Genetics to save olives from flies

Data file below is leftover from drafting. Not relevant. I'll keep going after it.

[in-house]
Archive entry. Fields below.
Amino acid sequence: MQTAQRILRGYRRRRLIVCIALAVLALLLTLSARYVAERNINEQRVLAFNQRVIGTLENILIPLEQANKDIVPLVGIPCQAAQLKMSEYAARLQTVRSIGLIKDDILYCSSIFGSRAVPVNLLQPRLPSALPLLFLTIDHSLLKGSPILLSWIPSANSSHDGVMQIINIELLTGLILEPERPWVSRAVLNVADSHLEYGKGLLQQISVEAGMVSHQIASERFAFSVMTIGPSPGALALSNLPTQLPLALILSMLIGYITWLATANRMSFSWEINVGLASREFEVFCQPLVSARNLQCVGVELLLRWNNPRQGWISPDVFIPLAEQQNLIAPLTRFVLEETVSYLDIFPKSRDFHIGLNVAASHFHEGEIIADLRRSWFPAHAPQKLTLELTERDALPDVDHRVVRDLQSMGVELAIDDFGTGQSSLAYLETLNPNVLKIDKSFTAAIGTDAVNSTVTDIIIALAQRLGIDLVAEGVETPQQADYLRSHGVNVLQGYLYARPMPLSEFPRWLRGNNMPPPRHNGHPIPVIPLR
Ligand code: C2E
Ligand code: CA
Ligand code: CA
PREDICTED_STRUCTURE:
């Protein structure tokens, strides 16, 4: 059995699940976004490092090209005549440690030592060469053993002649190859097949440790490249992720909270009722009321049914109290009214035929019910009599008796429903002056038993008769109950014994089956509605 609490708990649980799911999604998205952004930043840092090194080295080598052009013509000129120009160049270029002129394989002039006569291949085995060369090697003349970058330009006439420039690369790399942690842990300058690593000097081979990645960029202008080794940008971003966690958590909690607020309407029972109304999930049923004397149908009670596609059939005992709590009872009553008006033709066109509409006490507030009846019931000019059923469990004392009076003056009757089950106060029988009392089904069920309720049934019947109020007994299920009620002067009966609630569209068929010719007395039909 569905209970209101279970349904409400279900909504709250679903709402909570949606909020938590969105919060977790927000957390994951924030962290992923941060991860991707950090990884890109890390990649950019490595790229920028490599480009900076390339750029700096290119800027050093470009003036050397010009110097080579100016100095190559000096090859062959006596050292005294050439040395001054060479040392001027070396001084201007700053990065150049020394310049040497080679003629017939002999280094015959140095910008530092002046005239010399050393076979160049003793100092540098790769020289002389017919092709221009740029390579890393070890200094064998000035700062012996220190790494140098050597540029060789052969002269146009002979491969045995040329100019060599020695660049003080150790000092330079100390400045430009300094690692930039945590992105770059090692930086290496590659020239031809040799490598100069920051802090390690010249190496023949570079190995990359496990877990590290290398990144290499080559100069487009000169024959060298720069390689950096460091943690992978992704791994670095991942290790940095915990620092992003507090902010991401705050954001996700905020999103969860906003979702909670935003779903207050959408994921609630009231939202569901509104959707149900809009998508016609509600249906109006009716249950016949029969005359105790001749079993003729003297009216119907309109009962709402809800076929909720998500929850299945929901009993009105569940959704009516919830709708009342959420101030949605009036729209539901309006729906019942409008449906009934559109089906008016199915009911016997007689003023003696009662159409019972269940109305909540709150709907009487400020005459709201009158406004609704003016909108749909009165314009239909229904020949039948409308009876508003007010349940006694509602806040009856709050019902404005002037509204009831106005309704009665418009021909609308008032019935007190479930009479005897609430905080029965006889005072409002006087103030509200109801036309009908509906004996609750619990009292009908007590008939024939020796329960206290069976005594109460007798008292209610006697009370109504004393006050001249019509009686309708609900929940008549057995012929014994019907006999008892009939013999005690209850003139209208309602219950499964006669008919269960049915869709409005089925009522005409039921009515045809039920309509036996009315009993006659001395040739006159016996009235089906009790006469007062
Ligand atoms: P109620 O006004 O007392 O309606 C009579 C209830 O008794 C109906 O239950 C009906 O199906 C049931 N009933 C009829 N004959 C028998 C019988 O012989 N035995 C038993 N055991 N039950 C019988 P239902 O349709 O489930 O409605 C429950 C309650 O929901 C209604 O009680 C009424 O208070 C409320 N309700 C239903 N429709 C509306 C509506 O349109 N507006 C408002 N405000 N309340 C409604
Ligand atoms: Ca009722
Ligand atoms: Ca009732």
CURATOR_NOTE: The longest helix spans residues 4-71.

Greek scientists believe they have discovered a method using genetic engineering that will prevent olive fruit flies from affecting the production of olives and the acidity levels of olive oil, it was revealed yesterday. The flies, known as Bactrocera oleae or Dacus, are the most serious pest to olive trees in the Mediterranean and their habit of laying eggs in olives can cause much damage to harvests. Until now the most common way of protecting olive trees has been spraying them with pesticides, but scientists from the University of Crete and the Technology and Research Institute believe they have come up with a more effective method. The Sterile Insect Technique (SIT) has been used in the past to curb the population of several pests but had proved impossible to apply to Dacus. The technique involves the release of sterile male insects into the atmosphere but it is only with this latest breakthrough that scientists have been able to separate male and female olive fruit flies and sterilize the males.

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